The interplay among various countries in regard to their financial markets can sometimes also have surprising effects on sector rotations and their outperformance and underperformance relative to other sectors. According to a Goldman Sachs August 24 report, although the MSCI Emerging Markets Index is about 13% below its February peak, EM value has outperformed EM growth by about 16% over that same period. But the more notable development is that this outperformance has continued even as this pattern recently reversed in developed market (DM) stock markets.

The volatility of Chinese stocks, especially in regard to their internet and tech sectors might explain the underperformance of EM growth stocks. China “represents” 37% of the Consumer and Technology sectors in EM and many of these Chinese stocks have recently suffered extreme losses in response to regulatory crackdowns. The answer to the question “relative to what?” is always important.

Source – Goldman Sachs, Global Markets Daily: EM Reflation is Still “On”, Under the Surface (8/24/2021)


Performance After Peak PMIs

Most global PMIs have rolled over in recent months. China’s composite PMI even peaked as early as last November. Historically, equity markets usually retreat after PMI peaks. They then typically recover when investors are convinced that economic growth will continue. But currently equities overall have continued to rally both in Europe and the U.S. after the peak of their respective rallies. The Cyclical and Value oriented stocks, however, have not been as fortunate. But much like the recoveries in equity averages seen during past PMI cycles, we continue to forecast a reemergence of outperformance of Cyclical and Value stocks over the intermediate term. Again, our critical assumption is that we remain in a global economic expansion.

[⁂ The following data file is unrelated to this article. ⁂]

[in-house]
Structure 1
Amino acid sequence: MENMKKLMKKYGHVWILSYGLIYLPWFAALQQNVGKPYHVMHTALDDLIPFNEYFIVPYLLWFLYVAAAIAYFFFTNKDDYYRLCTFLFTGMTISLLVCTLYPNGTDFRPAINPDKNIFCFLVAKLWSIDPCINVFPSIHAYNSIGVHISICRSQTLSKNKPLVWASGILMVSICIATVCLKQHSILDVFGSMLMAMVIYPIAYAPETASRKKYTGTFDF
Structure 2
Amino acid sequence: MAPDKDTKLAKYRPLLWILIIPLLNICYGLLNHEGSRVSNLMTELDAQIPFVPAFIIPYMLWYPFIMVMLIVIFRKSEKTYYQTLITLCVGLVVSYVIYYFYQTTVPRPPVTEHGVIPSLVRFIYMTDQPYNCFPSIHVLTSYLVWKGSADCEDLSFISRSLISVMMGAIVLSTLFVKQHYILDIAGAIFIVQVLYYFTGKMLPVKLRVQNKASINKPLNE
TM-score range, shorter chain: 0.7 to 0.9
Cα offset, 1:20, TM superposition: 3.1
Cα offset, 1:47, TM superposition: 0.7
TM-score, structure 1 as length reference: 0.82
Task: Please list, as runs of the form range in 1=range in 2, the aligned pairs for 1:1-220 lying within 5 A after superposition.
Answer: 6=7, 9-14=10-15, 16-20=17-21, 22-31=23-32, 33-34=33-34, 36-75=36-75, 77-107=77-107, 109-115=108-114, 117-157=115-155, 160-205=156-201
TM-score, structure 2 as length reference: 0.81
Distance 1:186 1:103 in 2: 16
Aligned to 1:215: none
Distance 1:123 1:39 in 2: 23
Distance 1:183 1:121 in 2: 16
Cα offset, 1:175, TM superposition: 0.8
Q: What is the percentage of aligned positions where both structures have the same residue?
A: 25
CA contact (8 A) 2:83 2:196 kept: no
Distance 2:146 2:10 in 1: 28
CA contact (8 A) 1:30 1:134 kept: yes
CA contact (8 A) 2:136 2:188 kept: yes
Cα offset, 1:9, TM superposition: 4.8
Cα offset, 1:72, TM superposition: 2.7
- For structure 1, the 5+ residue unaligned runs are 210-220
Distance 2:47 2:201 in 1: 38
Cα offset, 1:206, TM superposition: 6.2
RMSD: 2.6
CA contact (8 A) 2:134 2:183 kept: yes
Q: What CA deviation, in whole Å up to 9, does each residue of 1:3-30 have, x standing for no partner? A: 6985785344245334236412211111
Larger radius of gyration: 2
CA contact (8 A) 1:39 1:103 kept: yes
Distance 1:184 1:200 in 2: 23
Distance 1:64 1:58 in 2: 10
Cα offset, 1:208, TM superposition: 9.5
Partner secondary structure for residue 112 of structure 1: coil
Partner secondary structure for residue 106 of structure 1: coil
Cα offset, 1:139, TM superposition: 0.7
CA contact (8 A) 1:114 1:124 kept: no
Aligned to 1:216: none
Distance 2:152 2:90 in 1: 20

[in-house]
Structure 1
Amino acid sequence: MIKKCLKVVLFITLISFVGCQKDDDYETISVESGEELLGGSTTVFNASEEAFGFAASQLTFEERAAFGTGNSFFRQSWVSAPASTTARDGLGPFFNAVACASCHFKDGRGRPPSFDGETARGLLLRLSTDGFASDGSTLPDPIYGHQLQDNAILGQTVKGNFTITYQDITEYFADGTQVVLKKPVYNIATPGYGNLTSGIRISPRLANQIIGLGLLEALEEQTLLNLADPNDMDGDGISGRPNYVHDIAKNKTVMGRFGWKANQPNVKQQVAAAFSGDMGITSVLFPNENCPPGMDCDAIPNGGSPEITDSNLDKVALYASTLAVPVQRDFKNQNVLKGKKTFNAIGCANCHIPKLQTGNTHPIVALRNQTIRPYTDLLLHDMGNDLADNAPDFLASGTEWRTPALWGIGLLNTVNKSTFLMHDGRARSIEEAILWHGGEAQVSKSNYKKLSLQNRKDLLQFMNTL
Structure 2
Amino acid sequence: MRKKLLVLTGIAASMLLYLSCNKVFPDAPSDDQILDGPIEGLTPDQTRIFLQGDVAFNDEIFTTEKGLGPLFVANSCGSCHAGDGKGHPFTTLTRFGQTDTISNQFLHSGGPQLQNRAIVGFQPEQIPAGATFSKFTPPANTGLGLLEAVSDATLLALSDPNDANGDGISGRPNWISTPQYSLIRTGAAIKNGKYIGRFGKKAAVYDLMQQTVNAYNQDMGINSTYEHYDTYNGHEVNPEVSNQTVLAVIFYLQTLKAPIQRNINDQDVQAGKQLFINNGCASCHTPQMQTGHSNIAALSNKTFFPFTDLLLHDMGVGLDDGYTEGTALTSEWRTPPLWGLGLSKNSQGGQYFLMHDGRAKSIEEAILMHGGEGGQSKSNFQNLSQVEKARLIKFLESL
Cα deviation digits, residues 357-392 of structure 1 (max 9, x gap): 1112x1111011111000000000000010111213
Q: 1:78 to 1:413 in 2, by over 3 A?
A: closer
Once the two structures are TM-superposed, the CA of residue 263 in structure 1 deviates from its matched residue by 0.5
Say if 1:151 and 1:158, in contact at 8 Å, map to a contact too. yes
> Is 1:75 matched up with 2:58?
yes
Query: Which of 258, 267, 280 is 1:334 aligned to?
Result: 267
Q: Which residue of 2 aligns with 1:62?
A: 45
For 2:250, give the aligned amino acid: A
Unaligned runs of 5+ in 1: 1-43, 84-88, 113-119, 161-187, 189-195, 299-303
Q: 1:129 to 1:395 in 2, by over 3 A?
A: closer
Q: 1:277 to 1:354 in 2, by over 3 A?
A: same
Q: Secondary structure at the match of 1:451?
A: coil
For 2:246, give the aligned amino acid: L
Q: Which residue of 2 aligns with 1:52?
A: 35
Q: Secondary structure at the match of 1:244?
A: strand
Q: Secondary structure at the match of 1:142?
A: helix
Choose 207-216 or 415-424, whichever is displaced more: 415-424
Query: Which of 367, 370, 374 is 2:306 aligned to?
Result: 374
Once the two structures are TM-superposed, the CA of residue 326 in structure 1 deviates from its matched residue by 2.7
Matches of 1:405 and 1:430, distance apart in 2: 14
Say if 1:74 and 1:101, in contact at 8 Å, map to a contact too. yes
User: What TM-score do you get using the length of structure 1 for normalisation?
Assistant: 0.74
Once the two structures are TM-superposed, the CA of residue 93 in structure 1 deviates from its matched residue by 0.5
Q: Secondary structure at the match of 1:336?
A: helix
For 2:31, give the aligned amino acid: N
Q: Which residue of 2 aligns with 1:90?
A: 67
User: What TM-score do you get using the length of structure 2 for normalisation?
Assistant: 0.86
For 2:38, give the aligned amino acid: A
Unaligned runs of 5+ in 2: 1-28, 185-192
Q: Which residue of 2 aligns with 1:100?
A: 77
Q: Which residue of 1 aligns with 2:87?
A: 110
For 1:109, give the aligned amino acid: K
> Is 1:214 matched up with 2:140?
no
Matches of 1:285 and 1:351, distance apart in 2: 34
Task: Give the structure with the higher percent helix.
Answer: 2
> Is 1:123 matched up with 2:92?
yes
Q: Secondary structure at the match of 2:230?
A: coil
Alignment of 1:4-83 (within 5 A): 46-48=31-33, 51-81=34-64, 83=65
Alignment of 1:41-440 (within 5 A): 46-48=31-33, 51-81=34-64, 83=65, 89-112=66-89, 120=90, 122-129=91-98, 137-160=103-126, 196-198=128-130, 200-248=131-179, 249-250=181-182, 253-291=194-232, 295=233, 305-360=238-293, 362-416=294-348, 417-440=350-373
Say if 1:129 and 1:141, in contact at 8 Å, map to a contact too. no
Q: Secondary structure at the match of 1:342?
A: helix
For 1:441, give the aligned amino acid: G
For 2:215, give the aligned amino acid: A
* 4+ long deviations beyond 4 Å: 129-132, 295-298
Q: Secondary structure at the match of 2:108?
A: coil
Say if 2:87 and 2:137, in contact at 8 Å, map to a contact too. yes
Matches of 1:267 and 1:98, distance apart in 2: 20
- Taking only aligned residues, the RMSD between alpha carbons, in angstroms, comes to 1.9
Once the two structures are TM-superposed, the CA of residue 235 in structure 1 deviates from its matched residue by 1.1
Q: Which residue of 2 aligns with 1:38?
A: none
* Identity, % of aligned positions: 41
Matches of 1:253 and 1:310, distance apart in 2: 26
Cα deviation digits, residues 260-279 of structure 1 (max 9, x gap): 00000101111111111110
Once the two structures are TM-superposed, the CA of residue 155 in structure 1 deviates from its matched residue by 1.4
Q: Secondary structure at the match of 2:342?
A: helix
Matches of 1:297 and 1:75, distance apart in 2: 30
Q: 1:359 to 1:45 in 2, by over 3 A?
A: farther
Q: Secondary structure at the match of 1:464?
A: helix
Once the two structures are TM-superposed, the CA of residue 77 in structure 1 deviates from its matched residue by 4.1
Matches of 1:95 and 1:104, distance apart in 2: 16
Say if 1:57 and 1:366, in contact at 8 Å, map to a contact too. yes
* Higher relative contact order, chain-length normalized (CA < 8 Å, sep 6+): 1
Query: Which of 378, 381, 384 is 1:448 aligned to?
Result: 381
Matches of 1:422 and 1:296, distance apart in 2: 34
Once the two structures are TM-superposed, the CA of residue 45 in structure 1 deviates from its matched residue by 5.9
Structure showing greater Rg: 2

Investor Sentiment Shifts Relative to What’s Discounted

Unexpected setbacks in the reopening of economies such as an increase in coronavirus infections due to the Delta variant cause more investor uncertainty around economic growth rates, inflation and interest rates. This uncertainty then leads to more volatility in regard to interest rates and to volatility among sectors. The dispersion of investor expectations enhances volatility. Investor sentiment remains very fragile and is subject to quick reversals.

In our opinion, sentiment is most likely to shift when financial markets have “overly” discounted a certain scenario. During the first part of last week, many Value and Cyclical type stocks were especially hard hit as the market (in our opinion) overly discounted slowing economic growth. Although the announcements of PMIs this week were below expectations, they nevertheless showed continuing underlying economic strength.

Evidently, this was enough to catapult prices of Value and Cyclical type stocks higher from a very attractive risk/reward level. The same was true for interest rates and the USD. Interest rates had also been discounting low economic growth rates and the USD reflected slower global economic growth relative to the U.S. We expect that quick reversals of sentiment shifts will continue as long as there is a wide dispersion of opinion on macroeconomic matters and when the financial markets “overly” discount one scenario over another.


Source – Citi, Global Equity Strategy – PMIs Rolling Over: Equity Implications (8/25/2021)